I got another push in this direction from Ataseia, co-organizer of LA Ecstatic Dance, when I told him that I was probably going to be relocating in the near future. He looked at me seriously and said “That’s going to be a real loss to our community.” It was the tone that gave me pause. Robin and he have always made a point of thanking me for my presence, but I had always assumed that was just because I come to all the events.Nobody had ever explicitly recognized the energy and love that I share on the dance floor, except the rare participant that comes up to tell me “thank-you” (and those that do I usually never see again). But at last week’s event, the staff went out of their way to honor my presence among them.

So I’ve been trying to shift my perspective regarding that community, wondering how to introduce myself as a commentator on science and theology with the goal of encouraging people to interact with me. It’s not easy – one of the few people to have read Ma told me that there were very few authors that could write the gamut from the intimately personal, expanding into broad social concerns and beyond to the eternal. There is just so much to say. And so maybe the right way to start is with “I love you all. I express that love through dance and touch, but it’s rooted deeply in my understanding of science and theology. I think that it’s time to share that understanding with the world. If you’d like to hear what I have to say, or know of a forum that would be receptive, let’s talk.”

Then on Thursday morning I came out to check the site stats and discovered that I had almost two hundred hits overnight. When I checked my e-mail, I found a note from Jeffrey Nash that he had printed out all of the essays listed in my “New Physics” and “Faith” pages. We’ve been chatting about quantum mechanics and the basis of spiritually at his Awakening Process sessions and before the Improv Jam on Sundays. He tracks a number of researchers, and wanted to meet with me to discuss my ideas. When that was delayed due to upcoming travel, he said that he would print out some of my writing and read it to prime the conversation. His obvious enthusiasm is deeply flattering. Jeff is a profound healing presence for the people that gather around him.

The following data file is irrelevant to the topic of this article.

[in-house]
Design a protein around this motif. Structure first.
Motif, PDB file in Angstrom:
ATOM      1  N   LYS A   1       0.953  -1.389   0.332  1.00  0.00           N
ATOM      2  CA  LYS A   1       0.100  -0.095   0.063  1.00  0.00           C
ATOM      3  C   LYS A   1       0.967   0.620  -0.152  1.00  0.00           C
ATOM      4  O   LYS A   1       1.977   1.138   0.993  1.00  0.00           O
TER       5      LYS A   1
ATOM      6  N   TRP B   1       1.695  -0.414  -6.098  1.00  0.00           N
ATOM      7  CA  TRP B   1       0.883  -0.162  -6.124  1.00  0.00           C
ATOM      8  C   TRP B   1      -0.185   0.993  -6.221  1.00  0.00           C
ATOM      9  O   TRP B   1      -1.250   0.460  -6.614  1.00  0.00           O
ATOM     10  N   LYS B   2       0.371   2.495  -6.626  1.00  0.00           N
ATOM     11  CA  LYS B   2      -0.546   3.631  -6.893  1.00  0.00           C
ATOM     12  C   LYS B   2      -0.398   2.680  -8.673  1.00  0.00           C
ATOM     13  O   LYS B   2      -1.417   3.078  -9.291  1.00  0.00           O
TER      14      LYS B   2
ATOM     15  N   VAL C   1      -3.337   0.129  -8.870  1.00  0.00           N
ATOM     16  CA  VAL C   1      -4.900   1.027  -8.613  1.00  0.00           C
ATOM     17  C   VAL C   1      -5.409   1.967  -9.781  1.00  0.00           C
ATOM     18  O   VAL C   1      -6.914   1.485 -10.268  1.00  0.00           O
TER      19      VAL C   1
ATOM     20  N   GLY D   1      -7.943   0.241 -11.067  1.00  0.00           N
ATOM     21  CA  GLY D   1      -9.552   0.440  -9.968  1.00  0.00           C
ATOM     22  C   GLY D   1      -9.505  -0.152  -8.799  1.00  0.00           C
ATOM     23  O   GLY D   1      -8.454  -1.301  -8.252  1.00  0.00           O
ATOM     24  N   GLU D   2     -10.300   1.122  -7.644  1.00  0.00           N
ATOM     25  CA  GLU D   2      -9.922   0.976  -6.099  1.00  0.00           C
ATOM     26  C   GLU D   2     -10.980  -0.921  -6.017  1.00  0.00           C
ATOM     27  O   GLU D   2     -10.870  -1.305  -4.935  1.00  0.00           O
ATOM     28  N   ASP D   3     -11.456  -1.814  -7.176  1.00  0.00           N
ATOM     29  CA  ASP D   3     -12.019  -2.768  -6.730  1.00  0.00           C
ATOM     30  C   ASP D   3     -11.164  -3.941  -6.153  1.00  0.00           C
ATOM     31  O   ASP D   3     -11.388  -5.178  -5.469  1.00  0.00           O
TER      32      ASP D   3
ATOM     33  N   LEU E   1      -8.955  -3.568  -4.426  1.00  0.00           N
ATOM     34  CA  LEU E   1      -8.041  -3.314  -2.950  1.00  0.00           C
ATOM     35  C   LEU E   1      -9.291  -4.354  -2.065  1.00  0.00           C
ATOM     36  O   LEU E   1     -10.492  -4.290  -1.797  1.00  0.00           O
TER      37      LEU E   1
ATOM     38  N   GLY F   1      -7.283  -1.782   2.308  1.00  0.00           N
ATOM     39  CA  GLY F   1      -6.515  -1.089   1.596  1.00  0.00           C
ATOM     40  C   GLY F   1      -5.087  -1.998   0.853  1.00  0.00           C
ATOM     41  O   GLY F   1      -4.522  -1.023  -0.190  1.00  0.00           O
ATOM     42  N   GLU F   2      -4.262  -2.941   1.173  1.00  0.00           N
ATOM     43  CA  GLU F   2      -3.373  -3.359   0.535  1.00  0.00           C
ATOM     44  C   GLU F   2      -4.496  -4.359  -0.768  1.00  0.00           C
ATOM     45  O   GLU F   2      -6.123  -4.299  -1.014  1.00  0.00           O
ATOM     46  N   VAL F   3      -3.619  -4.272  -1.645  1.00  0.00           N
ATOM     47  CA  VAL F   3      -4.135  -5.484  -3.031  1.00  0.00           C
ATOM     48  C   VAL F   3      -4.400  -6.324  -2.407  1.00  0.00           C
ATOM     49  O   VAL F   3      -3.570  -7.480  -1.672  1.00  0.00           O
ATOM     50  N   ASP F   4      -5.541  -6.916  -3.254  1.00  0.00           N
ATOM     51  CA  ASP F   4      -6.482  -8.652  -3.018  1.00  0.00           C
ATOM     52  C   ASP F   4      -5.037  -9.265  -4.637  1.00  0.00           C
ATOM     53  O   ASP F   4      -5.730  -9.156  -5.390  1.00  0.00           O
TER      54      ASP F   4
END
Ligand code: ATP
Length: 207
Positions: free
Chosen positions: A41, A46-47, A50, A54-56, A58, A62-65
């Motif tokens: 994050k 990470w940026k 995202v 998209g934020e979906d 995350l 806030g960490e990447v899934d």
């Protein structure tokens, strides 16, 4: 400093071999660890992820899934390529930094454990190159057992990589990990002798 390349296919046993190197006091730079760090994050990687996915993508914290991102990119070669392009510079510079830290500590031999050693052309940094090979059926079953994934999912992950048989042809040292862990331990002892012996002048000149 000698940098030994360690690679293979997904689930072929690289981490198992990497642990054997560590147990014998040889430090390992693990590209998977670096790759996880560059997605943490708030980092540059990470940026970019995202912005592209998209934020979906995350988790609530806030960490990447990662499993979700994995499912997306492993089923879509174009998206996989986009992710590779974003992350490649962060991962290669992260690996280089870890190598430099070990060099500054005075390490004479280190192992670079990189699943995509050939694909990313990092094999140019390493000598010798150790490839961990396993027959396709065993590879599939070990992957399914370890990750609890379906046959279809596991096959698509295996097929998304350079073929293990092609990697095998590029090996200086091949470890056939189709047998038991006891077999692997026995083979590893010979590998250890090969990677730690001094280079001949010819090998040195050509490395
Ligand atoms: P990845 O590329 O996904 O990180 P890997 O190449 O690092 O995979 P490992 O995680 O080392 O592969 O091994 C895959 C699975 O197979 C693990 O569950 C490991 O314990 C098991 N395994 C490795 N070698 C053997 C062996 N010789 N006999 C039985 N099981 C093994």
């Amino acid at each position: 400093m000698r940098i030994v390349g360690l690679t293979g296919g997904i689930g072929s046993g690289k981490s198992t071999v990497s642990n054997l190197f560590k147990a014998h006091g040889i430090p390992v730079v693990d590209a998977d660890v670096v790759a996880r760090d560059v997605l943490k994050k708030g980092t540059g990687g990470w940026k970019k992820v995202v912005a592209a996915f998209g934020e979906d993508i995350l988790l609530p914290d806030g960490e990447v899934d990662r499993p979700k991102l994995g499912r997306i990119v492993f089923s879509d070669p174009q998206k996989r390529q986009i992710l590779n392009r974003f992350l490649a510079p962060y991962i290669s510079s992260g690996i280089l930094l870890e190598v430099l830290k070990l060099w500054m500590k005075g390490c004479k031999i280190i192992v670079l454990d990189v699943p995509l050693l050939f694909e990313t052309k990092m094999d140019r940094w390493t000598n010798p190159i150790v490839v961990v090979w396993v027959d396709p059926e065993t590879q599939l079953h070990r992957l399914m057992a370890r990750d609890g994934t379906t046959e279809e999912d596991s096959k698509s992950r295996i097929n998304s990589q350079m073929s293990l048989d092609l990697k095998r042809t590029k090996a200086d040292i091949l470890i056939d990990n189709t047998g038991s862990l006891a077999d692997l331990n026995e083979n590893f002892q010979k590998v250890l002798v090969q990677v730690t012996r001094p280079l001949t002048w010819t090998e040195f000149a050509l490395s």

Among those are a number of young ladies that have strong and expressive bodies. I’ve generated some confusion among them, which I finally addressed while cuddling after an exhausting duet. The woman began to ask probing questions, and I found myself saying “Well, one of the things that an older man can do for a young lady is to encourage her to recognize just how precious she is.” After we broke up, I danced with a few more people, but having already spent three hours on the floor at Ecstatic Dance, I began to cramp up and creak in the knees. Looking to pack up and go, I wandering to the back of the room and found Sophie, a recent addition to the community, beckoning to me from the edge of the “squishy hug-fest” that forms towards the end of the dance. It turns out that she’s working on her Ph.D. in Jungian psychology. As the squishy mass rolled off, we stayed behind, she eventually allowing me to pillow my head on her belly, and talked about psychology and spirituality until the Jam rolled up at 9 PM. As we stood, she asked me about my Ph.D., and laughingly admitted that she didn’t know anything about particle physics. As I offered to explain it to her sometime, I realized that maybe I’d found another community of receptive people.

So here’s a summary of my life over the last two months:


Left Body, Right Mind

I spent a lot of time playing my flute over Easter weekend, and when I left work on Monday evening I unbent my elbows and caught my breath as the muscle that connects to my thumb screamed in discomfort. Laying down on my back that night, the pain radiated down to my hand and up to my shoulder. As a software developer, I immediately worried that I was coming down with a repetitive stress disorder.